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Group RRSPs: The Extra Edge

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Among the many Canadians who have displayed the foresight to contribute to an RRSP, there is a growing segment of even more fortunate individuals: those who are enjoying several additional valuable benefits because they have chosen to participate in a Group RRSP through their employer.

 

Group RRSP Basics

 

A Group RRSP is simply a collection of individual RRSPs where the employer arranges for employees to make contributions through regular payroll deductions on a pre-tax basis. After you complete the application form and decide how much you want to contribute, your employer deducts that amount from your pay in pre-tax dollars. These funds get forwarded to the financial organization selected by your employer as the investment manager and administrator for the group plan. Your contribution is then deposited into your RRSP and invested as you specify.

 

No matter how satisfying it may be to get a tax refund from Revenue Canada, getting one means you gave the government an interest-free loan. With a Group RRSP, contributions are made on a pre-tax basis by payroll deduction, so the amount of tax your employer is required to deduct at source is calculated after your Group RRSP contribution is removed, resulting in an instant tax saving. In other words, you will not overpay your taxes during the year and then have to wait until your income tax return is processed to receive a refund.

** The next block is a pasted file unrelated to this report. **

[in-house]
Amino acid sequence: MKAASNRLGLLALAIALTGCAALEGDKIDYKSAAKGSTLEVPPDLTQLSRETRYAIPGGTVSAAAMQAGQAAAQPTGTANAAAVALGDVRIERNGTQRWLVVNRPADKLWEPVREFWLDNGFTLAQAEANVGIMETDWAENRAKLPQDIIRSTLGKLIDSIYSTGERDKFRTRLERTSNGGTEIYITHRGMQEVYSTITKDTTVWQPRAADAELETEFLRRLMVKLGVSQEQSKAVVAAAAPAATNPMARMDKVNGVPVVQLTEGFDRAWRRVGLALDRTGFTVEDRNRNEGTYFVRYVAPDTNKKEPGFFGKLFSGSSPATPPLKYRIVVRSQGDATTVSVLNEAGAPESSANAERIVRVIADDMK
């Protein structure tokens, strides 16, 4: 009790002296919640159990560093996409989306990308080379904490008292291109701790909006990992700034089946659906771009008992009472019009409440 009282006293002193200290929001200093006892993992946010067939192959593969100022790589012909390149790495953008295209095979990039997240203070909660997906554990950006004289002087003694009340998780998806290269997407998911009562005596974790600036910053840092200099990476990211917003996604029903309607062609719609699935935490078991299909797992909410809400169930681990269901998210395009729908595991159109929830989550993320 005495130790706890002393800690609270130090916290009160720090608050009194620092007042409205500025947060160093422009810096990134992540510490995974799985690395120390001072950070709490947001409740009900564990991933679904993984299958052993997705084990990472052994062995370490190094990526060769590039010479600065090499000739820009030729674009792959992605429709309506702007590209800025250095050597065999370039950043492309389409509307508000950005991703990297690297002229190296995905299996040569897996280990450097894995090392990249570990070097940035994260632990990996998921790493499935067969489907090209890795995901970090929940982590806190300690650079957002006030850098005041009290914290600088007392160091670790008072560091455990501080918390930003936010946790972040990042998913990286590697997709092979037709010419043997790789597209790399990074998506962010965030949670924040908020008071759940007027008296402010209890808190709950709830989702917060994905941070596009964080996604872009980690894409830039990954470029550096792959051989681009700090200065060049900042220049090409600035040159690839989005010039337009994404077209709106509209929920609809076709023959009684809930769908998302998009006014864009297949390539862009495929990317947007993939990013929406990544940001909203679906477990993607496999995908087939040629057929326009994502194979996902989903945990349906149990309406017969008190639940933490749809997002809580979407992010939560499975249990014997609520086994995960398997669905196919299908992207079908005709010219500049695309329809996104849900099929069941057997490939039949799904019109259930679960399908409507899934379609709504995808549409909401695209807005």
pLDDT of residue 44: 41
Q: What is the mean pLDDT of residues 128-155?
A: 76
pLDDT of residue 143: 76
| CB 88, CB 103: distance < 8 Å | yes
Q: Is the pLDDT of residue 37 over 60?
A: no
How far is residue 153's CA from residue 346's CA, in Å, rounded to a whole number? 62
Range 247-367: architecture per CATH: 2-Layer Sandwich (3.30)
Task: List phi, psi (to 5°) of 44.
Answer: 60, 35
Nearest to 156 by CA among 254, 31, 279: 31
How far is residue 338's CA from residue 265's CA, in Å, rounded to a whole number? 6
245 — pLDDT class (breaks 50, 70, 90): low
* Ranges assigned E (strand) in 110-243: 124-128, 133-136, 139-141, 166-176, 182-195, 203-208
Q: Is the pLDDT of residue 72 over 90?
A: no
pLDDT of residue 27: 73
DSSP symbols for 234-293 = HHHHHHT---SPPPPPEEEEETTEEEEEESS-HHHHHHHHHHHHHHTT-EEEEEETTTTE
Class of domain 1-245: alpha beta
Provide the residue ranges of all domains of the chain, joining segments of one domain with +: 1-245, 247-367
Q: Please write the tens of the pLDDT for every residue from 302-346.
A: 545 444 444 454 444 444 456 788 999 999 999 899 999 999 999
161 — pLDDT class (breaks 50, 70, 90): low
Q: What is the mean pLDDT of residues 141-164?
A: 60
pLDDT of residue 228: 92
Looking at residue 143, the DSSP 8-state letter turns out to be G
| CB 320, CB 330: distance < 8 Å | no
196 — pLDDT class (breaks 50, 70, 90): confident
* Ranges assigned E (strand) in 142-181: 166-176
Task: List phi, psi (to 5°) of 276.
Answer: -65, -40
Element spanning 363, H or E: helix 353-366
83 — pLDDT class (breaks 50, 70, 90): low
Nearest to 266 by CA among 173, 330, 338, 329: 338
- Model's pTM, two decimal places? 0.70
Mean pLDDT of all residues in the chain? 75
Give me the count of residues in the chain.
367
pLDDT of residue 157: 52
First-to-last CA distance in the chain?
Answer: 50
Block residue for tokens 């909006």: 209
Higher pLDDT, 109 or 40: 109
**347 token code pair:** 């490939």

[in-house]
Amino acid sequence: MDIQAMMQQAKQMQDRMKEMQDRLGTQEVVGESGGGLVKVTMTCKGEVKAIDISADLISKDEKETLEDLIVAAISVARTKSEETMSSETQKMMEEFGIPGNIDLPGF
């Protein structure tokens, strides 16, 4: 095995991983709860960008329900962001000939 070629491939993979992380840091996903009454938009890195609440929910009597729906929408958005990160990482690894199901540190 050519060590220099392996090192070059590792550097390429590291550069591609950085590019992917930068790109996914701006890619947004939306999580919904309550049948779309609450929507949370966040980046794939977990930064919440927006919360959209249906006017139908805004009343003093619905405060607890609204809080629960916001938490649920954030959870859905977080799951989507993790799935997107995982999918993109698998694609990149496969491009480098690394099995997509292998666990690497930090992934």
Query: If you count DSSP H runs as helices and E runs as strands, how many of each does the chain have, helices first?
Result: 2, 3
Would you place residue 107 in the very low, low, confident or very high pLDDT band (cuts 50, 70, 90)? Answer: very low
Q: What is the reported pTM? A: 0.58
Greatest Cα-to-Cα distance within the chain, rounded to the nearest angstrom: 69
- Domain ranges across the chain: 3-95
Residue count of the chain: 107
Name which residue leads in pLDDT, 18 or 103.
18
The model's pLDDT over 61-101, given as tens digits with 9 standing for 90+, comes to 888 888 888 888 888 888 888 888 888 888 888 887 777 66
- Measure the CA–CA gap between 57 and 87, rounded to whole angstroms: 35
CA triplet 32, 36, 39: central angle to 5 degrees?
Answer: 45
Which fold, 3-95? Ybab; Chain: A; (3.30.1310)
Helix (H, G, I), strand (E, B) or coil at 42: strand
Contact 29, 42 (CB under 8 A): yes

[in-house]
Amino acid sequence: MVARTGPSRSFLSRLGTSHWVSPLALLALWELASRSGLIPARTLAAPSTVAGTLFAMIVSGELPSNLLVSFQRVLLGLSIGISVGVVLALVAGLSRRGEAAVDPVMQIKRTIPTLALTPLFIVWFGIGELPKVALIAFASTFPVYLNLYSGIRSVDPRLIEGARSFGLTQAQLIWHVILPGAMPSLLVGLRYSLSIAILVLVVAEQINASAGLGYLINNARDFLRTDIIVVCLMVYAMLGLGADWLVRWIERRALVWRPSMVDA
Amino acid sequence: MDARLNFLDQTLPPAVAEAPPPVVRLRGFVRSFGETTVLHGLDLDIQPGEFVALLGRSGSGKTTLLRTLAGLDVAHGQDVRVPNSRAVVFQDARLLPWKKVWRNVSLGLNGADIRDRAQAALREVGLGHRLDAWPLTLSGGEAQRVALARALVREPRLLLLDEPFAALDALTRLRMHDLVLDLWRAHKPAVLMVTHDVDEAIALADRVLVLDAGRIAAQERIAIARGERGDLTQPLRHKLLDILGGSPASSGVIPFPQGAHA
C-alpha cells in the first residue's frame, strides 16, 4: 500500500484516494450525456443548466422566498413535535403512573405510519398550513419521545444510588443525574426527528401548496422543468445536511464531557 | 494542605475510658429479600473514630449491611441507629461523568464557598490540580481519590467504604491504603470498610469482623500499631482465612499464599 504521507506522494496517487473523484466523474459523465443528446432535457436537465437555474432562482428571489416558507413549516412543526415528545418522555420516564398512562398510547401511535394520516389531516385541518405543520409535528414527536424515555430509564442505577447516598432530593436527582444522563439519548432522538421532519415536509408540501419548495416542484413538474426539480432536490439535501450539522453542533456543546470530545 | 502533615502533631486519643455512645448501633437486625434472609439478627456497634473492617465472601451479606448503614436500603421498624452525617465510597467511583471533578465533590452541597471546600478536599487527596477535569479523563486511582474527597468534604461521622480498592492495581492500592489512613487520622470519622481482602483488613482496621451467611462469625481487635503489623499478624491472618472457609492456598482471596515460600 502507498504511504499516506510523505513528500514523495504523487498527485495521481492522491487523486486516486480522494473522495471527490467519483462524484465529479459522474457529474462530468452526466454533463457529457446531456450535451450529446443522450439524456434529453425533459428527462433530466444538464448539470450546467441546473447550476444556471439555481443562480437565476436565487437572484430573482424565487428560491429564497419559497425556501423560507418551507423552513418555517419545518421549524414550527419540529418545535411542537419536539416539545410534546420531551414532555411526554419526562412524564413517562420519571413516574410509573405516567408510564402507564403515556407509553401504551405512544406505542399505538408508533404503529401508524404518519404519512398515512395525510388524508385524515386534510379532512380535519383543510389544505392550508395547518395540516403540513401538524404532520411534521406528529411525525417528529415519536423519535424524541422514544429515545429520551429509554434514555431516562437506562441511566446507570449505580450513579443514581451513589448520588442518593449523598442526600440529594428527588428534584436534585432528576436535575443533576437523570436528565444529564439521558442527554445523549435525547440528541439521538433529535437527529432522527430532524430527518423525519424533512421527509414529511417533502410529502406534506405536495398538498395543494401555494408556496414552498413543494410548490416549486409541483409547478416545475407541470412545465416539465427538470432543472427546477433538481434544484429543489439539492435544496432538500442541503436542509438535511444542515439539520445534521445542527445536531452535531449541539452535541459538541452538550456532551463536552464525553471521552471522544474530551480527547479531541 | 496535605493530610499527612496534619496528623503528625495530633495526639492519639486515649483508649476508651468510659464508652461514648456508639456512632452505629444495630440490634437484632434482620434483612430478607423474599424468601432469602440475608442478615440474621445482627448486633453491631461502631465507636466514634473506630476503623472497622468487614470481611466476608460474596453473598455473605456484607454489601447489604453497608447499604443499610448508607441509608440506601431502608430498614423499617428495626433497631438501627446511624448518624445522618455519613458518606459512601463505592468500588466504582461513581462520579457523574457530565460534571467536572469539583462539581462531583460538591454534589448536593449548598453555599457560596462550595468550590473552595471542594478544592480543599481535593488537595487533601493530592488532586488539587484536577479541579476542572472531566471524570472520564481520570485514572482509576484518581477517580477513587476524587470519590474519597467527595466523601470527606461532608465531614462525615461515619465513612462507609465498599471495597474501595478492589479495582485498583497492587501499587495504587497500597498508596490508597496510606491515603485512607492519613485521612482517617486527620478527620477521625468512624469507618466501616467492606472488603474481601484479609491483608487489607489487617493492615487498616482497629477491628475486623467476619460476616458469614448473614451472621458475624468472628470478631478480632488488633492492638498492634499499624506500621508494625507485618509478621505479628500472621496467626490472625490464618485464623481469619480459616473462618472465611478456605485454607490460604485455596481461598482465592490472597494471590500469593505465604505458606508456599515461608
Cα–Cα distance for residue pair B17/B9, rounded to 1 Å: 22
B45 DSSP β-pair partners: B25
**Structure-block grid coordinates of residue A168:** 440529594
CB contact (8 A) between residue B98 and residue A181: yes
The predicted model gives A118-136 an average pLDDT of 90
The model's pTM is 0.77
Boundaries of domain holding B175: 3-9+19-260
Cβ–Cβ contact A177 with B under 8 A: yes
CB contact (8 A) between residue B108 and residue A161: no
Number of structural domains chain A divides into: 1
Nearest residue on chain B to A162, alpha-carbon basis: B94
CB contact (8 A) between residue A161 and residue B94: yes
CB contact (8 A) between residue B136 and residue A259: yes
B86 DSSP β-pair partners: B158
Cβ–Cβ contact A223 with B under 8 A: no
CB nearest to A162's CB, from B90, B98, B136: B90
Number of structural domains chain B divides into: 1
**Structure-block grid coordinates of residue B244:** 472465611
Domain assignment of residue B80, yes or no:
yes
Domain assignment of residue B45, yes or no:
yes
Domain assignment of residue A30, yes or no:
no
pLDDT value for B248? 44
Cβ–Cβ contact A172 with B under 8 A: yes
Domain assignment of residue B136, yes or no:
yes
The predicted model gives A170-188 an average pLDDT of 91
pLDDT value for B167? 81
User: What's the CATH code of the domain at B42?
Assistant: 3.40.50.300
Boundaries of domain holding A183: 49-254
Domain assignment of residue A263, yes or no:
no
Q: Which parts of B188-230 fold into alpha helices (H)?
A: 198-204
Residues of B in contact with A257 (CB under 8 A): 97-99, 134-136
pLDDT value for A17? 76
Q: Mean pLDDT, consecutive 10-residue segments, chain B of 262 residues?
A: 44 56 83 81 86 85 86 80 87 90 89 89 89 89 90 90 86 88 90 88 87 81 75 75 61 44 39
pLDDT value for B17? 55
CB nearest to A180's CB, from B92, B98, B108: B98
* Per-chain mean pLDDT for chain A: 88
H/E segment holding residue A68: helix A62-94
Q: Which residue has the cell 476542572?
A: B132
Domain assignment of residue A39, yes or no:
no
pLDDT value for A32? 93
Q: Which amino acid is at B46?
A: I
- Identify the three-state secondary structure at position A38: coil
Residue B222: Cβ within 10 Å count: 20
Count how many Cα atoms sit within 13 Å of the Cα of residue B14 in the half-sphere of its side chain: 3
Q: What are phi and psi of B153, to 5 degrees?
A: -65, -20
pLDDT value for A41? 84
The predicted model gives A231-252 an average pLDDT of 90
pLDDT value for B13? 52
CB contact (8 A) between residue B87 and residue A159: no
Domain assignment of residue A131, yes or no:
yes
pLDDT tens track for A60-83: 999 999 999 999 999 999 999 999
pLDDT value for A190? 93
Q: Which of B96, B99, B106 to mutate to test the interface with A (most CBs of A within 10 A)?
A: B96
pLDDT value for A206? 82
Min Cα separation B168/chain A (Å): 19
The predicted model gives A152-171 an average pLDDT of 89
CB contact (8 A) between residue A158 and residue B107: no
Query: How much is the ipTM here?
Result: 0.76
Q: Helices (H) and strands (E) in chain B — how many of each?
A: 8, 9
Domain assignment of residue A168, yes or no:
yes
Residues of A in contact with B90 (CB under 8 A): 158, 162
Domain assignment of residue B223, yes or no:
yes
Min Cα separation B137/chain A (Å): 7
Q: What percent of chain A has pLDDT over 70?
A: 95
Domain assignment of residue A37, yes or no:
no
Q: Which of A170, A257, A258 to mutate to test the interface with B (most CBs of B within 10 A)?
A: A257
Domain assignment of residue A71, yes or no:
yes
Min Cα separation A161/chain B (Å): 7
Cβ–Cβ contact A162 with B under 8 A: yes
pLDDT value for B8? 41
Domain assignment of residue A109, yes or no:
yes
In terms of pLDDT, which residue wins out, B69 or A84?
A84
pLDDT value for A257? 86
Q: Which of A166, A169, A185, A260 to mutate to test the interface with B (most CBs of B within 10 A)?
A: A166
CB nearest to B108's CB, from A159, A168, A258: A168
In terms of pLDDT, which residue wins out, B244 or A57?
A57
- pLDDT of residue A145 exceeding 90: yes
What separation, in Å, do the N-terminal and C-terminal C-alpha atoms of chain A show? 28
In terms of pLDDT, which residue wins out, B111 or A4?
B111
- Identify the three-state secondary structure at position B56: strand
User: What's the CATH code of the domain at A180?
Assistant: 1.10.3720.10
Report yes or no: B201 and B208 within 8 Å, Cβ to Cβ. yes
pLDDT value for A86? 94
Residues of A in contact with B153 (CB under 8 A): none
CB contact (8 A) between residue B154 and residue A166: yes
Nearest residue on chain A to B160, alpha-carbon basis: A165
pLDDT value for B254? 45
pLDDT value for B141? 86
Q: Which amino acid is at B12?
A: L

So why over-pay your taxes and then wait for a refund from the government? A Group RRSP will cut your taxes instantly at source and give you that money as extra take-home pay to spend or save as you see fit.

 

The above table compares an employee who contributes to a Group RRSP to one who does not.

 

For every $300 monthly contribution to a Group RRSP, take-home pay is reduced by only $226 because the tax deducted at source is $74 less ($443-$369)

 

In effect, each dollar invested in a Group RRSP will cost this employee only 75 cents (cost will vary according to your salary, amount of contribution, province, and personal situation).

 

The $74 difference, when multiplied by 12, equals the tax refund typically received in the following year – assuming the employee saves $3,600 ($300×12) in after-tax dollars during the year and deposits it in a single lump sum into a regular RRSP at the end of the year.